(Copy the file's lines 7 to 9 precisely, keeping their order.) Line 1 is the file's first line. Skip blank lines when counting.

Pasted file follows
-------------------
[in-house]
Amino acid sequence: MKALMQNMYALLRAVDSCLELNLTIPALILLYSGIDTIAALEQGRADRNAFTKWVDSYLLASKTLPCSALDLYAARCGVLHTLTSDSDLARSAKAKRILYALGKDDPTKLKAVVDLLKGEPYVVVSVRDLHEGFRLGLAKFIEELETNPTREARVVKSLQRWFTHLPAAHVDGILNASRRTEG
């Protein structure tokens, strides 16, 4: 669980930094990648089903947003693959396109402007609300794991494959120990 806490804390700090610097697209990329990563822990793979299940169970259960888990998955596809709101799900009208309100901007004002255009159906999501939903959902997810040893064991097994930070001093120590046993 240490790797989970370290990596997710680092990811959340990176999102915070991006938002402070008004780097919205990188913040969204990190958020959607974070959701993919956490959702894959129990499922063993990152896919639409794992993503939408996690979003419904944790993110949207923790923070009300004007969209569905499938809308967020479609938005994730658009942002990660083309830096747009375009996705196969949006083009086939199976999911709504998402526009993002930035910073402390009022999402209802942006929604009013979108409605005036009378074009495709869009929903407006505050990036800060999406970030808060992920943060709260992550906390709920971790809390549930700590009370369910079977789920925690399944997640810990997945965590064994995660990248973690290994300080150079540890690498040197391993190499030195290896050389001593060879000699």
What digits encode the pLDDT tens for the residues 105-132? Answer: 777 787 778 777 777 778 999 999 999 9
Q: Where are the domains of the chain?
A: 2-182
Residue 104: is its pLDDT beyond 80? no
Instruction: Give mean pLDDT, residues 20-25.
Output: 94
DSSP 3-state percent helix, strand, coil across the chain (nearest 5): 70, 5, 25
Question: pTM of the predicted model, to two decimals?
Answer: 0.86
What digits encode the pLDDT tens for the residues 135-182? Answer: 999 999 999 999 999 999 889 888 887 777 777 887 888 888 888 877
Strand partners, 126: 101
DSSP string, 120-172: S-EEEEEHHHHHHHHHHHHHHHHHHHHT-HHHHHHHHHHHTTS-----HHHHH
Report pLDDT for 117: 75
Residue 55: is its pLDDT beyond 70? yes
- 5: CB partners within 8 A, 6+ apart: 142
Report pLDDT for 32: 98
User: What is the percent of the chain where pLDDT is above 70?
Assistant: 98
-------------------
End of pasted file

Residue 104: is its pLDDT beyond 80? no
Instruction: Give mean pLDDT, residues 20-25.
Output: 94